Companies utilize these seemingly ridiculous questions to better understand how candidates approach and think through issues. As a Deloitte Consultant, you’ll probably never need to figure out the # of bricks on all residential buildings in Shanghai, but you might be faced with equally daunting and ambiguous questions from clients who will expect you to create and define a process to answer. Other questions, such as “How weird are you” is a favorite of companies such as Zappos to make sure potential hires have a sense of humour and do not take themselves too seriously. Ultimately, it’s important to bare in mind that with these “ridiculous” questions, it’s often not the answer that is most important but the process utilized to arrive at your answer. Knowing this, I’m still glad I haven’t come across many of these questions during my job interviews! :)

"Given the numbers 1 to 1,000, what is the minimum number of guesses needed to find a specific number, if you are given the hint ‘higher’ or ‘lower’ for each guess you make?" — Facebook

"Using a scale of 1 to 10, rate yourself on how weird you are." — Capital One (**COF**)

"Explain quantum electrodynamics in two minutes, starting now." — Intel (**INTC**)

"How many balloons would fit in this room?" — PricewaterhouseCoopers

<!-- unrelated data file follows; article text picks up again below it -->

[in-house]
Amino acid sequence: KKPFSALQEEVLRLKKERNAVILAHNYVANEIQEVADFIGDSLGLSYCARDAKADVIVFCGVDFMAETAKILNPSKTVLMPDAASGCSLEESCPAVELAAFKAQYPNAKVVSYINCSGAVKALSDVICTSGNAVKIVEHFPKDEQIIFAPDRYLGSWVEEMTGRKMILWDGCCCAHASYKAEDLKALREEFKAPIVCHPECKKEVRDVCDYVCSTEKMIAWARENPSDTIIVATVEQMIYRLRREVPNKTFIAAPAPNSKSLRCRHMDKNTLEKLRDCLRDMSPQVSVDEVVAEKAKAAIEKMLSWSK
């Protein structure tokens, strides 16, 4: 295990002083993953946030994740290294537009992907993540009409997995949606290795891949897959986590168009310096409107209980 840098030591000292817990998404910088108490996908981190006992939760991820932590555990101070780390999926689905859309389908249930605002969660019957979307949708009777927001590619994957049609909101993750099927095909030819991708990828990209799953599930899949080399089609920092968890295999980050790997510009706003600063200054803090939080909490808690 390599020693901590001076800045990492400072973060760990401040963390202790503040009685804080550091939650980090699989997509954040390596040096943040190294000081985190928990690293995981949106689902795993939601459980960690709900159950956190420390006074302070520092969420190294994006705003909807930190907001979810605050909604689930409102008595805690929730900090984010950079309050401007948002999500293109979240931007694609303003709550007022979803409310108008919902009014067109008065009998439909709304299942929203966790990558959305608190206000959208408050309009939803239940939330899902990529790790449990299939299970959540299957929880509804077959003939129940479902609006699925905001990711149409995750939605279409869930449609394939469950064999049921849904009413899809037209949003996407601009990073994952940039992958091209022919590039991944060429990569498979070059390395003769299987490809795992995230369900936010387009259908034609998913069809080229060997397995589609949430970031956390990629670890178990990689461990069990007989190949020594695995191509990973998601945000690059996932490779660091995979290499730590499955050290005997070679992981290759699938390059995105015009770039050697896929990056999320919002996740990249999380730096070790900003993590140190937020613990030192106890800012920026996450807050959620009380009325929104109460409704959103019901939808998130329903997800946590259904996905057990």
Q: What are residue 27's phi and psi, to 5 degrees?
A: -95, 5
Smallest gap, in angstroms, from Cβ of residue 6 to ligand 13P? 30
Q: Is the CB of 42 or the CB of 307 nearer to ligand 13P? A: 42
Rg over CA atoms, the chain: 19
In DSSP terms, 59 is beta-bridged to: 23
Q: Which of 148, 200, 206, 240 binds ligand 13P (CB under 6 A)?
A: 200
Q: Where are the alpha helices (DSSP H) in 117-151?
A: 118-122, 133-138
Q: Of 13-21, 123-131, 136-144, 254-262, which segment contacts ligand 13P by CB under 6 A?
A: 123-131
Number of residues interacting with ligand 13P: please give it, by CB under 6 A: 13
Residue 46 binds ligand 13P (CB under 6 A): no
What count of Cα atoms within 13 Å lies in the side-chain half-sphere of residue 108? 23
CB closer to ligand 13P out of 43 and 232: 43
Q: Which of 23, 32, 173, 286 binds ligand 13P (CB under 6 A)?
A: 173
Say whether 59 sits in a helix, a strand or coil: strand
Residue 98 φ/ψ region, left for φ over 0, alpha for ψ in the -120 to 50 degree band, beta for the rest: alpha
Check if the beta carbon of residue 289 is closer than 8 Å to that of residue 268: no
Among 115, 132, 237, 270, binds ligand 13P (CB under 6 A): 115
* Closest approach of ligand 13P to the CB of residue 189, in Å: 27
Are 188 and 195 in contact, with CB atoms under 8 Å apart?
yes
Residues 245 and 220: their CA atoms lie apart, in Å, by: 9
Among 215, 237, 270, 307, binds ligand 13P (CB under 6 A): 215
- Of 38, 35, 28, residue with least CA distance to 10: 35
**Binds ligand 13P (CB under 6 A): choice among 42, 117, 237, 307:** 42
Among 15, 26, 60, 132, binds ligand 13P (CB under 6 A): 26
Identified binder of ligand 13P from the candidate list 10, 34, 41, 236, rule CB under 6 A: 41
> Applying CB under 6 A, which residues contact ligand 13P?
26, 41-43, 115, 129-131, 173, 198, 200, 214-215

"If you were shrunk to the size of a pencil and put in a blender, how would you get out?" — Goldman Sachs (**GS**)

"You have a bouquet of flowers. All but two are roses, all but two are daisies, and all but two are tulips. How many flowers do you have?" — Epic Systems

"What is the philosophy of martial arts?" — Aflac (**AFL**)

"Explain to me what has happened in this country during the last 10 years." — Boston Consulting

"If you could be any superhero, which one would you be?" — AT&T (**T**)

"How do you weigh an elephant without using a scale?" — IBM (**IBM**)

"If you had 5,623 participants in a tournament, how many games would need to be played to determine the winner?" — Amazon (**AMZN**)

"How many bricks are there in Shanghai? Consider only residential buildings." —Deloitte Consulting

"You have five bottles of pills. One bottle has 9 gram pills, the others have 10 gram pills. You have a scale that can be used only once. How can you find out which bottle contains the 9 gram pills?" —eBay (**EBAY**)

"What is your fastball?" — Ernst & Young

"How would you market ping pong balls if ping pong itself became obsolete? List many ways, then pick one and go into detail." — Microsoft (**MSFT**)

"How many smartphones are there in New York City?" — Google (**GOOG**)

"You are in charge of 20 people. Organize them to figure out how many bicycles were sold in your area last year." — Schlumberger (**SLB**)

"Why do you think only a small percentage of the population makes over $125,000 a year?" — New York Life

"You have three boxes. One contains only apples, one contains only oranges, and one contains both apples and oranges. The boxes have been incorrectly labeled so that no label accurately identifies the contents of any of the boxes. Opening just one box, and without looking inside, you take out one piece of fruit. By looking at the fruit, how can you immediately label all of the boxes correctly?" — Apple (**AAPL**)

"How many ball bearings, each one inch in diameter, can fit inside a 747 aircraft?" — SAIC (**SAI**)

(Source: CNN)